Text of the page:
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prices will come back to a more acceptable level. As inflation has

:04:05.:04:10.

risen, albeit with this drop today, it is obviously eating into people's

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wages which are rising more slowly. Does this drop take the pressure off

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the Government which is in the middle of a big row over what to do

:04:20.:04:24.

about public sector pay? I am not sure it will totally reveal pressure

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or reduce it because you have to remember people in the public sector

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had a pay freeze for two years in 2010-11 and the vast majority have

:04:34.:04:38.

seen pay frozen at an increase of 1% for the last five years and the

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Government has committed to keeping that going for another three years

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at least. When you are increasing wages by only 1% and prices are

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increasing by 2.6%, you are feeling much worse off every year. I do not

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see that pressure being reduced very much by just these figures. It has

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been a long-running issue and lots of people in the public sector are

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very angry and feeling a lot worse off than they were seven years ago.

:05:04.:05:07.

The noises coming out of the Treasury from the Chancellor in

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terms of pay for public servants, do you have any update? We had an

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announcement this morning that the pay rises for top civil servants,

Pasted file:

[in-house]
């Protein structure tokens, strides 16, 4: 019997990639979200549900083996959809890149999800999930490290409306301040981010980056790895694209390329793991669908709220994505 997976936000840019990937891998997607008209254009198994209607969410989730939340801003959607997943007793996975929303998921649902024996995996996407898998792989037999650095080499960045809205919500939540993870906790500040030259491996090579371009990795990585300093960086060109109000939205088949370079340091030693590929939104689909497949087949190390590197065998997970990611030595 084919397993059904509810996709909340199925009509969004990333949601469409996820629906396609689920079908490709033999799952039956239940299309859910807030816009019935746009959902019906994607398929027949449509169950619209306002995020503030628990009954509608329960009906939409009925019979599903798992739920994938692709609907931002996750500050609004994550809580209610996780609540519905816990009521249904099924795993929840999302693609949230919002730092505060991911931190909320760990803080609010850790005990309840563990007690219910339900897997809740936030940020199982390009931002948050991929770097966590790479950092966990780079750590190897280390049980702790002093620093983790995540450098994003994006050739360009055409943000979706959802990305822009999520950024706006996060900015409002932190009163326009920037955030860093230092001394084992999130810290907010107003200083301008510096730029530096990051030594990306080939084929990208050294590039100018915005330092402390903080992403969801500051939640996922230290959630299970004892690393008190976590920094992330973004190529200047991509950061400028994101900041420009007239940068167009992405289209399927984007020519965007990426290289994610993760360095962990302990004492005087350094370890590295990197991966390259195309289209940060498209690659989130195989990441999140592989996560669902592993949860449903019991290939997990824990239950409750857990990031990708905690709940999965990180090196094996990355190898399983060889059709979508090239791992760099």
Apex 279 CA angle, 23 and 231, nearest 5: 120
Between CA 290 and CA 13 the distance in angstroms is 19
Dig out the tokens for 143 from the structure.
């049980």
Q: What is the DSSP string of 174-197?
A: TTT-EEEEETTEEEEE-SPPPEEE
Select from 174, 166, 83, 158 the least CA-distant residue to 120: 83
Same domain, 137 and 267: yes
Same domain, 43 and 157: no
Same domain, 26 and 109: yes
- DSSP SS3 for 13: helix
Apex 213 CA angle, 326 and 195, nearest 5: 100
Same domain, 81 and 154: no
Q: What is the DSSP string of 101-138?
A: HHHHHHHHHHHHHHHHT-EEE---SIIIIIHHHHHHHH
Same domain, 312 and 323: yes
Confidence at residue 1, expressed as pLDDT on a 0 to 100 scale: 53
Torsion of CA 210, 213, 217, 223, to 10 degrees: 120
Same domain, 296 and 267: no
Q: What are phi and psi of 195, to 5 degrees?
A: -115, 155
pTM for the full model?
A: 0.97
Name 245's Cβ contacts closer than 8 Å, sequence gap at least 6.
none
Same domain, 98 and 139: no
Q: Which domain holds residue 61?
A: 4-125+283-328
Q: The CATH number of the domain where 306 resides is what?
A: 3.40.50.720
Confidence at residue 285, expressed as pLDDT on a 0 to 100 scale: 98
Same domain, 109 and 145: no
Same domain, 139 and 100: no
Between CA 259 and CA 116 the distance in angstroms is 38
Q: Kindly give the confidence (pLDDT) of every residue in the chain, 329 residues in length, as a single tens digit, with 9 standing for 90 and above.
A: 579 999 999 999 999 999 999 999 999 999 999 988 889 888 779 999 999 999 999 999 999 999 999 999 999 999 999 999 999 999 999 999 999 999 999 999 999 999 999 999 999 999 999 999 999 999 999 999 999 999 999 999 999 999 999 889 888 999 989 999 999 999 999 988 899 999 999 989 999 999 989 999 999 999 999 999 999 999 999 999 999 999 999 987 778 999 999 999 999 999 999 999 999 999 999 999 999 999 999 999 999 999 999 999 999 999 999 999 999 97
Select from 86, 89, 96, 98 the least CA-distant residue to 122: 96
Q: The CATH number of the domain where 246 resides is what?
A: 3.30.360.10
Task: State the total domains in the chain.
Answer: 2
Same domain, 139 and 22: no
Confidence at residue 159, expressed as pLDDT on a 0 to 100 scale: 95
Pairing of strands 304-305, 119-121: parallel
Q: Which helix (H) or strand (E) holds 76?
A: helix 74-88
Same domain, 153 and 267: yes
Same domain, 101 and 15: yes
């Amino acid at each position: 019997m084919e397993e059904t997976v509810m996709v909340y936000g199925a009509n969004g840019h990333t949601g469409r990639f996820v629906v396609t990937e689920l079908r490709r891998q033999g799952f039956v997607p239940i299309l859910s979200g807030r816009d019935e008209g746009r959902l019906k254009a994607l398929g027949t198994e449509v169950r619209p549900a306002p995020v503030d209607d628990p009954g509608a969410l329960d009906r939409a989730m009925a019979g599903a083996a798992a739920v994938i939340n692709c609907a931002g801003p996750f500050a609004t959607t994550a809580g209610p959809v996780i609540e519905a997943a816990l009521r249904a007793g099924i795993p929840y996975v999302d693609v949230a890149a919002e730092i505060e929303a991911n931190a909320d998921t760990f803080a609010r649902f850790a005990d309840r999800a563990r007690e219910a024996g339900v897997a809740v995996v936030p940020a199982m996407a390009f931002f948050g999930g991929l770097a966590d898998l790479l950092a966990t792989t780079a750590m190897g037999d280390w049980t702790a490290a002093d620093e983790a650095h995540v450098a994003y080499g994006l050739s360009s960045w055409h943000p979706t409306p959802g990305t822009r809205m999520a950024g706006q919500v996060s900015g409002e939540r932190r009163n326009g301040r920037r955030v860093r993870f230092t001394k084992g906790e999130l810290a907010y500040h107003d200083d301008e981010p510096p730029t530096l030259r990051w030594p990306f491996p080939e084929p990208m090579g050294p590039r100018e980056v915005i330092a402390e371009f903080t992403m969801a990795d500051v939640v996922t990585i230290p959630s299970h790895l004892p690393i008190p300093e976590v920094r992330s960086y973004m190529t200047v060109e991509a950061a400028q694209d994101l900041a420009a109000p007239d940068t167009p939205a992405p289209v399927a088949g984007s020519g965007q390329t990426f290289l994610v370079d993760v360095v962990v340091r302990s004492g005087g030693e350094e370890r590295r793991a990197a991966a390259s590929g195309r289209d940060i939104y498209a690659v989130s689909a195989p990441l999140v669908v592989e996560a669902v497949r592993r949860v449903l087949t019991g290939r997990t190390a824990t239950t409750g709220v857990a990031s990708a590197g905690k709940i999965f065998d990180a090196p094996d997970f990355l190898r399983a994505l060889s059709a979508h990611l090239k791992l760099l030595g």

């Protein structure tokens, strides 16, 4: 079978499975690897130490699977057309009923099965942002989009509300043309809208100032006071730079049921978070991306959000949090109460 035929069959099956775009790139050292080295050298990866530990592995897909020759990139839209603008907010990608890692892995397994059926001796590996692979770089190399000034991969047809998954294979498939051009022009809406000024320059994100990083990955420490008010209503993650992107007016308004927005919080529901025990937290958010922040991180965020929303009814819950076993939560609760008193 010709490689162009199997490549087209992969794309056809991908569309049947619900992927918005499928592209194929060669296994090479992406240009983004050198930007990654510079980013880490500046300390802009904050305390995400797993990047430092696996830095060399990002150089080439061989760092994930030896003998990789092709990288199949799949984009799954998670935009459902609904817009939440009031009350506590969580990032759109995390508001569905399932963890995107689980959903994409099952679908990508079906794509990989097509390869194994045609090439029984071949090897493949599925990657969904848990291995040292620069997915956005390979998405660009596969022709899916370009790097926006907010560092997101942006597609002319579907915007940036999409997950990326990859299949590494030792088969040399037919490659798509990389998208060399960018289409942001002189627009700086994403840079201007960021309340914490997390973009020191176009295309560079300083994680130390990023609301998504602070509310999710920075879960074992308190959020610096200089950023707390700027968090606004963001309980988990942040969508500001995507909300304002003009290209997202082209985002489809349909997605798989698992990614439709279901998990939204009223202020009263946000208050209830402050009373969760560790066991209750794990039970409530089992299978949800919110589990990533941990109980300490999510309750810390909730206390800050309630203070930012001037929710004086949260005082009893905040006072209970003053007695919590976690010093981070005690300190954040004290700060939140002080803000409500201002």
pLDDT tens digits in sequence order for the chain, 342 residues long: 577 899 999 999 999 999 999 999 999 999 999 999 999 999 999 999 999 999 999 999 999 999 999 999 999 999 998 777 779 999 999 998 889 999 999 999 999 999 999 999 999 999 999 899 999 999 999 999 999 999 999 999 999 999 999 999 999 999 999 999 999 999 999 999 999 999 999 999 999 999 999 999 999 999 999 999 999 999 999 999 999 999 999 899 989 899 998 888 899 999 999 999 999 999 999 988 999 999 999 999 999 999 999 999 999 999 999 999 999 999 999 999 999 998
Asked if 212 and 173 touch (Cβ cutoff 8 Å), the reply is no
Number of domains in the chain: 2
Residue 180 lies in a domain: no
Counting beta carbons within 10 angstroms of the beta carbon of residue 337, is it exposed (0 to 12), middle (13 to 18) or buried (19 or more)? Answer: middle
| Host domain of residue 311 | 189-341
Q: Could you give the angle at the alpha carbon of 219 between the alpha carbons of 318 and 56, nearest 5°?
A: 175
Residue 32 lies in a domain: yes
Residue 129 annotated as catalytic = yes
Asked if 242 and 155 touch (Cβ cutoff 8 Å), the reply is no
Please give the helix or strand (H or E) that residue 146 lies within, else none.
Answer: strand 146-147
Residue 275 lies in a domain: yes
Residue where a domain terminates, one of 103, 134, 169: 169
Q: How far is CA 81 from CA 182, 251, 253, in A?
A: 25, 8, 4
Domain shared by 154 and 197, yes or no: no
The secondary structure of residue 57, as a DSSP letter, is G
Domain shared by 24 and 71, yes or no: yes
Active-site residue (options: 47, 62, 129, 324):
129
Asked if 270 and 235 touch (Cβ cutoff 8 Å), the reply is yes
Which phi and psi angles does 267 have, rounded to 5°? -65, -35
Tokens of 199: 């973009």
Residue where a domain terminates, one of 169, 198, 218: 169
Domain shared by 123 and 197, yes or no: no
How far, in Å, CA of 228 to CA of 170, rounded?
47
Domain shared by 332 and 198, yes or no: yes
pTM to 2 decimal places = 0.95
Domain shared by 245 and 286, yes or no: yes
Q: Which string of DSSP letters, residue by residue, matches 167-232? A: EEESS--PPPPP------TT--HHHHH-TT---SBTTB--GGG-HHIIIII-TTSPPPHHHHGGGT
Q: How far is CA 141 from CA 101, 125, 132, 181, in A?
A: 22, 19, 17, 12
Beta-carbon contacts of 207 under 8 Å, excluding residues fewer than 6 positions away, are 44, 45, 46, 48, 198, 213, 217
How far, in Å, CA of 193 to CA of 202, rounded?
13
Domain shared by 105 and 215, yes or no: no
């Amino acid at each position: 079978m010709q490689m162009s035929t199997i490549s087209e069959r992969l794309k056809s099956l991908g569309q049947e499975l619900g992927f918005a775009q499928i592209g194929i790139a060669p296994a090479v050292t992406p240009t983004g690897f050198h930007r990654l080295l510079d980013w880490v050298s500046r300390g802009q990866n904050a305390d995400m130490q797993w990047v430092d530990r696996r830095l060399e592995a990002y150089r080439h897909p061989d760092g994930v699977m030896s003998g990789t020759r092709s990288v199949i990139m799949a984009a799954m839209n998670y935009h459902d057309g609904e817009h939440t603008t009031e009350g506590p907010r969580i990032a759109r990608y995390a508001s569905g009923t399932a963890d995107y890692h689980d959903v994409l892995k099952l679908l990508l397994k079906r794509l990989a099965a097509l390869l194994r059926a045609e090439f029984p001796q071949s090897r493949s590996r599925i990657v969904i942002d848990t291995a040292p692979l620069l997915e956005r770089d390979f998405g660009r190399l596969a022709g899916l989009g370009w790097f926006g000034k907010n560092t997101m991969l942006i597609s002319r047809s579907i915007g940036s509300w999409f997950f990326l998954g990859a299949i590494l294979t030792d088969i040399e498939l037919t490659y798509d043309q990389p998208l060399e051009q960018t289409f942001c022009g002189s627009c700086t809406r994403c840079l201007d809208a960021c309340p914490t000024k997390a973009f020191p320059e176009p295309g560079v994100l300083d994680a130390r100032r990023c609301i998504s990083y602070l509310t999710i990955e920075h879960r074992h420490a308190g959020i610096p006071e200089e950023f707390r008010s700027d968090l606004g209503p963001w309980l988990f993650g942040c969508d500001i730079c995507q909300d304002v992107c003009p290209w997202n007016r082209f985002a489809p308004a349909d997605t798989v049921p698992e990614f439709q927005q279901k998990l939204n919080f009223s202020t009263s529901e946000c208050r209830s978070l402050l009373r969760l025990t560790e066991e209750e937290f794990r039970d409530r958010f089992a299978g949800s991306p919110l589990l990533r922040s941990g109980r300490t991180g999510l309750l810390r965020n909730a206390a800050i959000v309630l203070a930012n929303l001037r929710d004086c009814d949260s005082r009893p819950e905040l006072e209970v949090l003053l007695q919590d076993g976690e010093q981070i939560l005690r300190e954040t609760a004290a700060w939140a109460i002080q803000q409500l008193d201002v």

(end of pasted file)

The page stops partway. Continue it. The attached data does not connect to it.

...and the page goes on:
:05:17.:05:21.

judges and top military staff will increase by 1%. That seems to be

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confirmation the Treasury is sticking to the tough line. Thank

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you. Cost of living, that is what voters are most concerned about. As

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an astute observer of British politics, do you think our public

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servants are in line for a pay rise? I will be careful making judgments

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because presumably when the analysis is done, you compare private sector

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wages with public sector wages, you make an over the nation assessment

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of the situation and there is a relationship between wages and

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employment. One of the features of the UK since the great recession in

:05:58.:06:03.

2008 is the way you have kept unemployment so low. Your

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unemployment rate is around 4.6%. You have had through the private

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sector and public sector, probably both, substantial pay restraint, but

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the benefit is you have kept unemployment down. What do you make

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of the conundrum, as you say and the Government likes to point to the

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jobs miracle and there are high rates of employment, but wages have

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been either static or rising slowly after the last ten years, yet

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inflation is on its way out. Usually, inflation is pushed up by

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rising wage costs and that is not the case. Labour would say it is

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because of the types of jobs people have, insecure, self-employed, zero

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hours contracts. The reason you have inflation at the moment, it seems to

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me, is a function of the depreciation of the pound which was

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a result of the Brexit folk. The pound, I think, on average must have

:07:03.:07:06.

depreciated by around 15%, making imports more expensive, that does

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have... It should only be temporary effect on prices, but it will have a

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temporary effect. In the case of Australia, when we have had